Our guest blogger this week is Director of Myanmar Development Chase Wooldridge. He has spent more than four years with the people of Myanmar helping break boundaries and helping youth discover their inner creativity.
After years and hours of schooling with little or no time for play, a seventeen year old in Myanmar is suddenly set free. They may attend college only if they are highly gifted in memorization. “What are they memorizing?” you might ask… and the answer is “Well, the test of course.”
Every section of the test is covered; multiple choice answers, math equations, and entire essays that they must rewrite verbatim in order to pass. It gets worse. The entire test is written in English from the time of the British rule over Myanmar! If they are unable to afford English classes from the time they are five until sixteen then too bad. They will still have to take the test and match the memorized words in their head with those on a test devoid of meaning. A student writing his or her own essay or answer would be unable to pass the test with high marks since writing your own ideas can’t be graded properly. The graders do not know the answers themselves. They have the test that the tutoring centers have been training students with for years. I have seen this test and it has some errors – students must write the incorrect answer in order to pass!
From this experience emerges a teenager unlike those we encounter in the west. They have been discouraged from playing, creativity, thinking for themselves, and dreaming. Faced with free time they usually just go home and watch TV. Those who can’t stand having nothing to do immediately find a training center or language school to fill their time (or their parents force them in to a program). Some people reading this might say “Good! Our spoiled little teens could use some more of that.” That might also be true. I think a balance or work and play is important. I would not wish the vacant stare of the teenagers of Myanmar on anyone. Do not assume from this that I mean to say Myanmar youth are less than intelligent, far from it. Anyone who can memorize hundreds of pages of Math, Science, History, and English has a big brain on their shoulders. After all, Myanmar was what South Korea has become to Asia at one time. It is only a result of years of oppression that Myanmar youth have become this way.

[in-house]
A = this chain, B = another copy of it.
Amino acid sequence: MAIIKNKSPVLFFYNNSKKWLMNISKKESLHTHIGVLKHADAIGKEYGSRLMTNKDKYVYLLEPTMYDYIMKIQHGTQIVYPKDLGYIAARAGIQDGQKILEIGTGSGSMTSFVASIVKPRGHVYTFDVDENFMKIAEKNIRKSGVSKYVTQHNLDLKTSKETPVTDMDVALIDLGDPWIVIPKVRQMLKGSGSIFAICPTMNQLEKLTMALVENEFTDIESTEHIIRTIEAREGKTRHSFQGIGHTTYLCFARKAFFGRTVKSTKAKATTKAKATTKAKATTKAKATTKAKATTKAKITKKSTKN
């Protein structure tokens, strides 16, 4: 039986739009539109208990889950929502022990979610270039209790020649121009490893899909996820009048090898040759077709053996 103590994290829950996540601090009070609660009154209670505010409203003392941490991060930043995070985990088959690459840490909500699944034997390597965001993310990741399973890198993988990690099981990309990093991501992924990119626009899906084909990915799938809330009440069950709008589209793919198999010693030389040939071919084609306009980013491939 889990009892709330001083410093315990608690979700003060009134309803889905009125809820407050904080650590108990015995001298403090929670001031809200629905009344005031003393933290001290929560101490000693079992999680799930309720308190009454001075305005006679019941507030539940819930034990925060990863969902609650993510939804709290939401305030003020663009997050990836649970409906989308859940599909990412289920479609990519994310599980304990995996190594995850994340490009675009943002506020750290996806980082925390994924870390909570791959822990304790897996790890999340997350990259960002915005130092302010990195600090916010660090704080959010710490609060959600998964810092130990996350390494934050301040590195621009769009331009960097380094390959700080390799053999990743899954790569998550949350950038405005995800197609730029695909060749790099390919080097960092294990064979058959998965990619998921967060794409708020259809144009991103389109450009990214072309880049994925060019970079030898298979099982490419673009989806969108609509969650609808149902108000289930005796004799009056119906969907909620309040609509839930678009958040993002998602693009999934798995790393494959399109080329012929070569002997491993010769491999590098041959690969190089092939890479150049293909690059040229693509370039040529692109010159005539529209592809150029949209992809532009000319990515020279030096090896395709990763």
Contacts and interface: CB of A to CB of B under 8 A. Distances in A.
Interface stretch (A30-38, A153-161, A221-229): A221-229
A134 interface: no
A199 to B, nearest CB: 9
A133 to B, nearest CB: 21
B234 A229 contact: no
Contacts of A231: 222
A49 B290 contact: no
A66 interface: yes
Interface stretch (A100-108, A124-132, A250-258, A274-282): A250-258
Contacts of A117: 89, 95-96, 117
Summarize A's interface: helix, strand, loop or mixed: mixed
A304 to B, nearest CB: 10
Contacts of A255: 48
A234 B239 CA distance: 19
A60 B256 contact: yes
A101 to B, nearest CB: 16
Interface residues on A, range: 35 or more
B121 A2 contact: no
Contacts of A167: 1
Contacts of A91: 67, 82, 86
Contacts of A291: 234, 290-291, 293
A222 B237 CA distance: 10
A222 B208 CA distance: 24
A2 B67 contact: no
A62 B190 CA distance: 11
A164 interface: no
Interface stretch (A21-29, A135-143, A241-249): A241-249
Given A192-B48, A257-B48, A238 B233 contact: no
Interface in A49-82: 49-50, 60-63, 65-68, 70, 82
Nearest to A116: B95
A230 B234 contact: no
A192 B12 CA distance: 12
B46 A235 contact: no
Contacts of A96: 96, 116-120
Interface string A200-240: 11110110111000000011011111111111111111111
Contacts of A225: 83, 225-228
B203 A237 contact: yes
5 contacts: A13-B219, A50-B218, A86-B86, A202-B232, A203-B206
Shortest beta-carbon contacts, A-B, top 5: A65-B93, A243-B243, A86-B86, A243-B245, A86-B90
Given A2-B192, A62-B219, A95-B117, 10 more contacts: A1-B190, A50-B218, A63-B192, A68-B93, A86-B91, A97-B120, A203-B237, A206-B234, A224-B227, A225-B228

Fast forward to the present day in Yangon… We are witnessing a crack in the isolated and controlled teen. From crazy clothing designs to blue Mohawks and graffiti young people are screaming out. Expression, even when it is done on the side of your house with a can of neon spray paint, is a breath of fresh air in a country that once controlled everyone with an iron fist. I am witnessing students who want to play and they play, want to dance so they dance, want to go around town doing any and everything and do so. We have been working to encourage youth in all areas of their life since we first arrived in Myanmar. The change is incredible. Our school that we work at has allowed me to teach a wide array of classes to promote expression and community. I taught an acting class in which my shy reserved students came alive and discovered who they were and what they were capable of for the first time in their lives. One student told me ” I was supposed to jump around the room making noise and acting like a horse, and I did! I can’t believe I would do that. It changed my life and now I am not afraid to do anything.” He has become one of our most active students and often volunteers for LFM projects. Another class was about being a good citizen and how society should work. To teach such a class two years ago would have gotten me kicked out of the country. By the end of this class all of our students developed a community project and implemented them. It was a huge success and has placed in many of their hearts the importance of making a difference in Myanmar. We have taught dance and fitness classes and on and on we could go. In all of these we witnessed students come alive and a light come on in their eyes. The work is far from over. Every couple of months I have new teens show up at our school with the look of despair in their eyes. Surely they must think this class will be like all of the others they have ever known. I start with a smile, a quick introduction and tell them promptly to put away their books, move the desks aside, and stand up. We are going to play a game.